Michael Lacey and Jim Larkin attended the University of Arizona but eventually dropped out. However, before they left, they would start a campus paper that would grow leaps and bounds. In fact, this humble paper would eventually become known as Village Voice Media–comprised of over 17 publications. One of which was the Pheonix New Times.
The New Times tracked the goings on of Maricopa County. And its frequent star was Sheriff Joe Arpaio–known as the toughest Sheriff in America. The New Times would often site things that earned Arpaio this title, such as the pink underwear he would make his prisoners wear or the rotten fruit and balogna he would make them eat.
However, the publications about Arpaio took on even darker tones when it discussed women who were chained to their beds while giving birth or the prisoners who were savagely beaten if they did not follow instructions.
And sometimes, the paper would mention the suicides that took place during the Sheriff’s 24-year reign as well as the wrongful deaths that happened.
The more they saw, the more Larkin and Lacey worked to expose the corruption of Arpaio. And apparently, they weren’t the only ones who were fed up with his behavior. In the case of Melendres v. Arpaio, there was a class action suit filed against the Sheriff.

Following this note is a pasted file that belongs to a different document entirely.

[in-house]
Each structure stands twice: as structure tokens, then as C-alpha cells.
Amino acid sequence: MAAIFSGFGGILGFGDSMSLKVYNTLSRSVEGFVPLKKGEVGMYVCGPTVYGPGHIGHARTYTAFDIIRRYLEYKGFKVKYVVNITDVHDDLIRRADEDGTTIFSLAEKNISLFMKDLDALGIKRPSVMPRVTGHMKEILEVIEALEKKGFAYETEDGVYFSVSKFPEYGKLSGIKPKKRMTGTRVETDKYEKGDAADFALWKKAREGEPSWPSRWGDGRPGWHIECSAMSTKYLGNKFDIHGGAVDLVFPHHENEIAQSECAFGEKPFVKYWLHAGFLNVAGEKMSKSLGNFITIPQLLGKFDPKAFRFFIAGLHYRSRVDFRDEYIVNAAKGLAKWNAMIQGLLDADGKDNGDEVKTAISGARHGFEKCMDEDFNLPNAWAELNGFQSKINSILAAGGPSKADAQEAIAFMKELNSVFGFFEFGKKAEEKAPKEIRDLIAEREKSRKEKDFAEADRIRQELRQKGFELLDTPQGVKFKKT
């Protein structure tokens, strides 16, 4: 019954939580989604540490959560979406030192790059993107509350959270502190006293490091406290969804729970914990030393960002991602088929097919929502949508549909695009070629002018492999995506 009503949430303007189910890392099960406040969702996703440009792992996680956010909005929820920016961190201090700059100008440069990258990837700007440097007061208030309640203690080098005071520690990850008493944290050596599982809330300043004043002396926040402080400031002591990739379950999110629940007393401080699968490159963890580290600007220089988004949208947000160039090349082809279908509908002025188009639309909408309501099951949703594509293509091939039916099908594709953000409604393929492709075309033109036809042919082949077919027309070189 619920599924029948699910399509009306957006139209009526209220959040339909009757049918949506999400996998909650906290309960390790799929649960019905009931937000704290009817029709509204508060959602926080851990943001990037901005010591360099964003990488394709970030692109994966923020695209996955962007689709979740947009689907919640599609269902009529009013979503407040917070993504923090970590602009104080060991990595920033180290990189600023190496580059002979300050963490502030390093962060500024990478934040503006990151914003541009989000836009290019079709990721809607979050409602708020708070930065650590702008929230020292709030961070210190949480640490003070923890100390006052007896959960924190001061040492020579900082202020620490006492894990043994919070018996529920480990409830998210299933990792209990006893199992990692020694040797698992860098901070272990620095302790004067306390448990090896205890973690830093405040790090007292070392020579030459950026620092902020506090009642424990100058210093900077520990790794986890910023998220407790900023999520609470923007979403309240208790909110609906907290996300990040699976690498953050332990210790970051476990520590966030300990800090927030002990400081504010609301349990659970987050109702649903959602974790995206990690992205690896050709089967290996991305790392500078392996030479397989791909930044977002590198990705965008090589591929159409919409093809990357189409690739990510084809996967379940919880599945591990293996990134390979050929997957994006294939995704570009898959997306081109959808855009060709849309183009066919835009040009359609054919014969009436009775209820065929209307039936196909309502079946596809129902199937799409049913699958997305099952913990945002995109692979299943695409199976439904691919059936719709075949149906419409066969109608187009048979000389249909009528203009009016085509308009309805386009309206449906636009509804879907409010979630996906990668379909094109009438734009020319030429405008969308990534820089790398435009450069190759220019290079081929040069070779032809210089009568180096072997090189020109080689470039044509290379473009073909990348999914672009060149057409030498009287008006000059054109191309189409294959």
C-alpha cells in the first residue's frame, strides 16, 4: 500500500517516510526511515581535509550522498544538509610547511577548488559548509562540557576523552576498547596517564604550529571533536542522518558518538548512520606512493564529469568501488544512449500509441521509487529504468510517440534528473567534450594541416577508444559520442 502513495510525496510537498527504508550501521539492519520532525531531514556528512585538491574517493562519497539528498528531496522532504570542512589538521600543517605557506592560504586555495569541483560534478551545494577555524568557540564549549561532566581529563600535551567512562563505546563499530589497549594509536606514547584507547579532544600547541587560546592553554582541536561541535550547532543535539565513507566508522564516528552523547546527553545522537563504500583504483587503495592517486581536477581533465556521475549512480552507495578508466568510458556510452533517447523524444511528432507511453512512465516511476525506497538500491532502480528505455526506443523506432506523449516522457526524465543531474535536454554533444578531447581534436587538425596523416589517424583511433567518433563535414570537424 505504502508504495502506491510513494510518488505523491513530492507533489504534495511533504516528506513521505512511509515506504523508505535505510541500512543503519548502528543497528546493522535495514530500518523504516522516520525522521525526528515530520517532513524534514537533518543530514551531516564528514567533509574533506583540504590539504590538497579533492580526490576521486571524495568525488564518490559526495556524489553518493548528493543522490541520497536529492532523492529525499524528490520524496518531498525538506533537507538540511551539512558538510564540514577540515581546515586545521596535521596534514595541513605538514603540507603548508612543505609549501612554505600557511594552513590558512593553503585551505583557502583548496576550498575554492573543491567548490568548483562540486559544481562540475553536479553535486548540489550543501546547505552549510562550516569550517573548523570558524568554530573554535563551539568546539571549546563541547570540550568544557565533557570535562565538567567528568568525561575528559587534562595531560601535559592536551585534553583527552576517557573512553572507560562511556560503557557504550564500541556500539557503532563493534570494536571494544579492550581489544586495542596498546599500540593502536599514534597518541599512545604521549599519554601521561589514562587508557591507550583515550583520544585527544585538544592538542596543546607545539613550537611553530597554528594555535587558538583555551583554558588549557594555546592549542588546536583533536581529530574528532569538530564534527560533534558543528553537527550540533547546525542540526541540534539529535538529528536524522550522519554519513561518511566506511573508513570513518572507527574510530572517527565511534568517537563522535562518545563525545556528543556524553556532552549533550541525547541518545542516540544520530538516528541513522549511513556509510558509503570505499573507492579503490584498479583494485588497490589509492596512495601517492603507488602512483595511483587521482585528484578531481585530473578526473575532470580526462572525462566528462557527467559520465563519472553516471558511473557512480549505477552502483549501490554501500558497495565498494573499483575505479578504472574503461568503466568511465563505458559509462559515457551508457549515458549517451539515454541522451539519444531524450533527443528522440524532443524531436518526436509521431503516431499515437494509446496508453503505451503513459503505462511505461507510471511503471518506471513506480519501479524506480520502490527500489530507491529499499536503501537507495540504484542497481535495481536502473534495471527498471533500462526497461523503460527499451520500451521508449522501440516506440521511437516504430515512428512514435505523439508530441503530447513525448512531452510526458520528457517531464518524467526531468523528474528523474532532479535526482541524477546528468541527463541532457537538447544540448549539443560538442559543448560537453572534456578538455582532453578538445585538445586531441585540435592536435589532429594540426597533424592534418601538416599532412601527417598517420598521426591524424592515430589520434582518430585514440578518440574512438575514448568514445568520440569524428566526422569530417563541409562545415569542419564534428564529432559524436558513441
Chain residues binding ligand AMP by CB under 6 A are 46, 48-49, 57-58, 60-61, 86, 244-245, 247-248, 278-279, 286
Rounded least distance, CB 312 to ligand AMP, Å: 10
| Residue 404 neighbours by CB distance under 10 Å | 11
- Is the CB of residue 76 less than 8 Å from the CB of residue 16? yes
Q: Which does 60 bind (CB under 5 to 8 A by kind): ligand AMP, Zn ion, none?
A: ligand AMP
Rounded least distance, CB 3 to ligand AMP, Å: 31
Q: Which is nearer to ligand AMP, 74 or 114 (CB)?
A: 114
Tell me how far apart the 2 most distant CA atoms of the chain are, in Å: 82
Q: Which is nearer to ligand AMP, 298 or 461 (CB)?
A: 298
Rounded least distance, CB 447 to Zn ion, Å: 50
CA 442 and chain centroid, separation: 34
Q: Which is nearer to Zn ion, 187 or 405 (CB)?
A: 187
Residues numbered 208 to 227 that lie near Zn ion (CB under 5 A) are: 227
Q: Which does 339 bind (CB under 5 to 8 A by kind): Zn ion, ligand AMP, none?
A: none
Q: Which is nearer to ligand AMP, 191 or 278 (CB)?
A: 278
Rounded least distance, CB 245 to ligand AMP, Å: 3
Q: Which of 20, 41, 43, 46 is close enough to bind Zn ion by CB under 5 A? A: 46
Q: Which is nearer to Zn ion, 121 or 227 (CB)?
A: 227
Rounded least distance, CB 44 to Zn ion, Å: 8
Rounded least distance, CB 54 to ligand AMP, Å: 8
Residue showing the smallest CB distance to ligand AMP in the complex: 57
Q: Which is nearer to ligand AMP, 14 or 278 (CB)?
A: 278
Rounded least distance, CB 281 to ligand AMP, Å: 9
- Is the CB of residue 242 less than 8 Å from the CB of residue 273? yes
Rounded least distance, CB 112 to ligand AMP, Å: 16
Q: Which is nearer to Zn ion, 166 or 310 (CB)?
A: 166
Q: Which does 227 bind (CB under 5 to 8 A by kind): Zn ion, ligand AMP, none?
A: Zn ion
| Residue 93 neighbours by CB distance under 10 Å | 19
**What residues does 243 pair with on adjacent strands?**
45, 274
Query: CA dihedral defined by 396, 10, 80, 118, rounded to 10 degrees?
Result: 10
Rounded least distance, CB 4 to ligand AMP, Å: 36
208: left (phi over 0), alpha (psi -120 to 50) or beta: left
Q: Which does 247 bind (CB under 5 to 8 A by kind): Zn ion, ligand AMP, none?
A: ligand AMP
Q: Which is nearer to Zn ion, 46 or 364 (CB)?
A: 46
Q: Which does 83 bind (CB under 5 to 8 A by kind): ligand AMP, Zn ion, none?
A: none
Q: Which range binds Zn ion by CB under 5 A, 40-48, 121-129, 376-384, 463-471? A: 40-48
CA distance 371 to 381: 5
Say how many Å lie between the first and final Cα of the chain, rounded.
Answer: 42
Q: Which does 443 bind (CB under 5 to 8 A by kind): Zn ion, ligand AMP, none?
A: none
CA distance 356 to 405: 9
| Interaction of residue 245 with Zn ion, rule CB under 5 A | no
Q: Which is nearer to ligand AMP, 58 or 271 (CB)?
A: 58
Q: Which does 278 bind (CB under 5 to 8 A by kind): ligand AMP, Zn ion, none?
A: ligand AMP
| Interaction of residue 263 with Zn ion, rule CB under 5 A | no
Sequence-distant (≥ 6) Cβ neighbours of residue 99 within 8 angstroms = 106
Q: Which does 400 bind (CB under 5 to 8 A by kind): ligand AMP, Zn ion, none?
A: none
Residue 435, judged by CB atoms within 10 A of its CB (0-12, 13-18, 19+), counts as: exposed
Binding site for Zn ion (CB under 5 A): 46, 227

In it, many Latinos claimed to have been racially profiled. It claimed that Arpaio had sent citizens whom he had deputized out to round them up and find out who was in the country illegally. Eventually, in 2013, the plaintiffs received a settlement of $70 million dollars.
Though Arpaio didn’t receive time for his criminal acts he did receive some for being in contempt of court after disobeying an order from the judge. But still, he would never serve any of his supposed 6-month sentence, because he was eventually pardoned by Donald Trump. Some feel that Arpaio intentionally rallied for Trump’s presidential candidacy so that he would show him favor in this regard.
2013 was a busy year for the courts with cases that concerned Arpaio, because this is also the year that Larkin and Lacey received their $3.75 million settlement for improper arrest.
The Sheriff wanted to prosecute the New Times investigative reporter for publishing his address on the internet in an article that exposed his misappropriation of jail funds. However, on the day of the trial Larkin and Lacey published an article expressing the injustice. Read more: Phoenix New Times | Wikipedia and Michael Lacey | Facebook
The two were promptly arrested by Arpaio’s citizen posse and taken into custody. The Sheriff claimed that by publishing the details of the subpoena in their recently released article, they had violated its terms and were guilty of revealing grand jury secrets. Within in no time, the news spread around the country.
And it was picked up by major publications. When the public found out there was an outcry and the two were released.
Larkin and Lacey currently run the Front Page Confidential website, where they discuss the matter of free speech. They eventually sold Village Voice Media. Also, they used the settlement money to fund organizations who support migrant-rights throughout Arizona.